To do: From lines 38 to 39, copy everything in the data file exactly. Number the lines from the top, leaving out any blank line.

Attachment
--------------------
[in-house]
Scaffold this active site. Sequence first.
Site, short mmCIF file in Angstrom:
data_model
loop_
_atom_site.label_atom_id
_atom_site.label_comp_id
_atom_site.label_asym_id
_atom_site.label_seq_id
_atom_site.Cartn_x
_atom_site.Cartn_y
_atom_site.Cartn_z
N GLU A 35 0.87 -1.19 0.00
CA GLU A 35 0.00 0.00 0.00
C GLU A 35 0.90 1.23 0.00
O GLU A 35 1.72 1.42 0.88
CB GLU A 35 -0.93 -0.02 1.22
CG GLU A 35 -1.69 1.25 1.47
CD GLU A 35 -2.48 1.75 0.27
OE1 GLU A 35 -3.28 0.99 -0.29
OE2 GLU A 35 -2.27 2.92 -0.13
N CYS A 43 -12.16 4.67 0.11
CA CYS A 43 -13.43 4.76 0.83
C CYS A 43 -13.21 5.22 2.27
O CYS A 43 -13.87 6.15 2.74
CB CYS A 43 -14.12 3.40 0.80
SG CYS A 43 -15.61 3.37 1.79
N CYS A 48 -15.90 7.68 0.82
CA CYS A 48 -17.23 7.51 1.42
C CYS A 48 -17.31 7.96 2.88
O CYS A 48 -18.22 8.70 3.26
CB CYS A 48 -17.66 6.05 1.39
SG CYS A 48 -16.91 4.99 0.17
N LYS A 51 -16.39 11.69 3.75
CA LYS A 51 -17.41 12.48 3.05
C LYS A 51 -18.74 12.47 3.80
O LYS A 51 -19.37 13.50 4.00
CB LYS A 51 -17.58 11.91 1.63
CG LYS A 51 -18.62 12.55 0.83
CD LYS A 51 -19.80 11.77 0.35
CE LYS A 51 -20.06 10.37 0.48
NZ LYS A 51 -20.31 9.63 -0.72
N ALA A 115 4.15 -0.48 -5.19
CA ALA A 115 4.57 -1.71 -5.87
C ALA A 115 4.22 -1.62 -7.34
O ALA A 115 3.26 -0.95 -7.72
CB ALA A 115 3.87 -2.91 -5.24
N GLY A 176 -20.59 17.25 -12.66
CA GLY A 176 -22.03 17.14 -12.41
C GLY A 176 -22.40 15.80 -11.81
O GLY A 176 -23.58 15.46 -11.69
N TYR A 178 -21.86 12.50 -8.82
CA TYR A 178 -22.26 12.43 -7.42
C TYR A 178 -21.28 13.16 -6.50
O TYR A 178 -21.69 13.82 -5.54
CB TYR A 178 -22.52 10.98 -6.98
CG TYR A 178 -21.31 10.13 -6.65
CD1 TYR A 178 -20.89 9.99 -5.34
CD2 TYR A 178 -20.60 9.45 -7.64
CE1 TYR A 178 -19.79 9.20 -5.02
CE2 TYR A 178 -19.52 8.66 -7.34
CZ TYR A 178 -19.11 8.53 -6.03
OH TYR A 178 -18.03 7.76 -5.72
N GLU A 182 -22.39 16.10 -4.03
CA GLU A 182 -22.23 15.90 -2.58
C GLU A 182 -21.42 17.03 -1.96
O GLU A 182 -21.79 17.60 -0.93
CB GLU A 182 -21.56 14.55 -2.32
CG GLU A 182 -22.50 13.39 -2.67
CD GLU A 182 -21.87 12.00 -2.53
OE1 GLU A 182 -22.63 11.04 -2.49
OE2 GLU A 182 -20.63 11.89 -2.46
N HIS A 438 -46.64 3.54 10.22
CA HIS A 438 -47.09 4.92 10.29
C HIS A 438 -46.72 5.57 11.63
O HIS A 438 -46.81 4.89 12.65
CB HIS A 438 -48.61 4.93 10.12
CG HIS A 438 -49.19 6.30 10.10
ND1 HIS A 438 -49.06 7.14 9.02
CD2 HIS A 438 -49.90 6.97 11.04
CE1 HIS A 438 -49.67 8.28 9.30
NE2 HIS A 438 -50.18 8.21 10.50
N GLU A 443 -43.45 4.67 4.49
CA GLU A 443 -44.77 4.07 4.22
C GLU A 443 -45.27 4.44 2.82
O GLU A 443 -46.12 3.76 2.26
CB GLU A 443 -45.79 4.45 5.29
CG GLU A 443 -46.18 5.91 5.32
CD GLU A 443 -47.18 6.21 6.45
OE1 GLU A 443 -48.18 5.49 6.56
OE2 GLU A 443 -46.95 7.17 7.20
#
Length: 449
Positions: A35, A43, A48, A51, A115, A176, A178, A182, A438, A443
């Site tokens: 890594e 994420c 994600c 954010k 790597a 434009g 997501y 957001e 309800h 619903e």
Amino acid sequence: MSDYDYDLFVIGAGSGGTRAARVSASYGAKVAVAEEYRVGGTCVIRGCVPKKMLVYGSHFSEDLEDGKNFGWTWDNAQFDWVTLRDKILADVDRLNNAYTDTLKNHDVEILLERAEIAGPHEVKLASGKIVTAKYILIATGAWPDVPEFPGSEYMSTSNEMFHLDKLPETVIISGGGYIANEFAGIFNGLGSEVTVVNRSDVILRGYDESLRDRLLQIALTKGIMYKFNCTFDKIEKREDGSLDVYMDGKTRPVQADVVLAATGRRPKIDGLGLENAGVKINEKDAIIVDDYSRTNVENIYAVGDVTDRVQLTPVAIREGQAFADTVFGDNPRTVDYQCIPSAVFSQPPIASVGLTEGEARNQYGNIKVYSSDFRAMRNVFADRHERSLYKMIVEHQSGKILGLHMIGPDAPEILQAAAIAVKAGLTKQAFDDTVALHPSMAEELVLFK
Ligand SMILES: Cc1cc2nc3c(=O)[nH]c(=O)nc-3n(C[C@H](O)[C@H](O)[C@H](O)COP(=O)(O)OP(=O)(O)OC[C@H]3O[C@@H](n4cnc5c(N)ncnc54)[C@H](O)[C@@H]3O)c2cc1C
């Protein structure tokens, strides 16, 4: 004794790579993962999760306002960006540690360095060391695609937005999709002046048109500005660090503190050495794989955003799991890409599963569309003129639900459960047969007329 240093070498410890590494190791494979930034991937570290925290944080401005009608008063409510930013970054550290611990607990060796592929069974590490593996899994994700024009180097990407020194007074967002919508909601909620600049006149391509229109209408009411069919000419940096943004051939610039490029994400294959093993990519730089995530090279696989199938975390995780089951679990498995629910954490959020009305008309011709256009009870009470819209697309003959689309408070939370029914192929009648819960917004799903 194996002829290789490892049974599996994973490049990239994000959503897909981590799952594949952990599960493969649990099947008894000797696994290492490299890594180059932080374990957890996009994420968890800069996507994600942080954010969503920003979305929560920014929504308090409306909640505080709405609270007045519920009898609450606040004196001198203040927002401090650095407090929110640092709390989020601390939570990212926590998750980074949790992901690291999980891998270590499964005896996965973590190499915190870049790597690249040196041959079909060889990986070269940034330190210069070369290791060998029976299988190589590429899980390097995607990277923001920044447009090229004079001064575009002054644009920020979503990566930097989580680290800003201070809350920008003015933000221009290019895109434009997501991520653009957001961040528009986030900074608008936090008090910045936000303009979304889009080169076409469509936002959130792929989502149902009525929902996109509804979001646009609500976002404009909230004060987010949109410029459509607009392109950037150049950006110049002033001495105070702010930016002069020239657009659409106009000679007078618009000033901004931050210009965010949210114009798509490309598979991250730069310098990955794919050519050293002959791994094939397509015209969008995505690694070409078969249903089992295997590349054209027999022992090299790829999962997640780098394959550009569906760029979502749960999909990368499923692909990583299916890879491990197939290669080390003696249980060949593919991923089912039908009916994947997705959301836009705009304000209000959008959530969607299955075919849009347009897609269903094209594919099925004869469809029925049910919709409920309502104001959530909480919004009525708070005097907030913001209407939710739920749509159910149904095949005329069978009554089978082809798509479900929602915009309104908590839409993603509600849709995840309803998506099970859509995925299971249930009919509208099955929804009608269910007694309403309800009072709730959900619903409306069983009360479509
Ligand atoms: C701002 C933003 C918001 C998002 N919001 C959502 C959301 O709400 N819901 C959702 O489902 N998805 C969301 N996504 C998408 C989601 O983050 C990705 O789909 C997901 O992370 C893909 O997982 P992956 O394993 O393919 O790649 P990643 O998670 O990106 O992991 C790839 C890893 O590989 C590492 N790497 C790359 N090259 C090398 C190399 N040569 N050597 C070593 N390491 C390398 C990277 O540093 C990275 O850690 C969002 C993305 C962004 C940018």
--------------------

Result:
CB LYS A 51 -17.58 11.91 1.63
CG LYS A 51 -18.62 12.55 0.83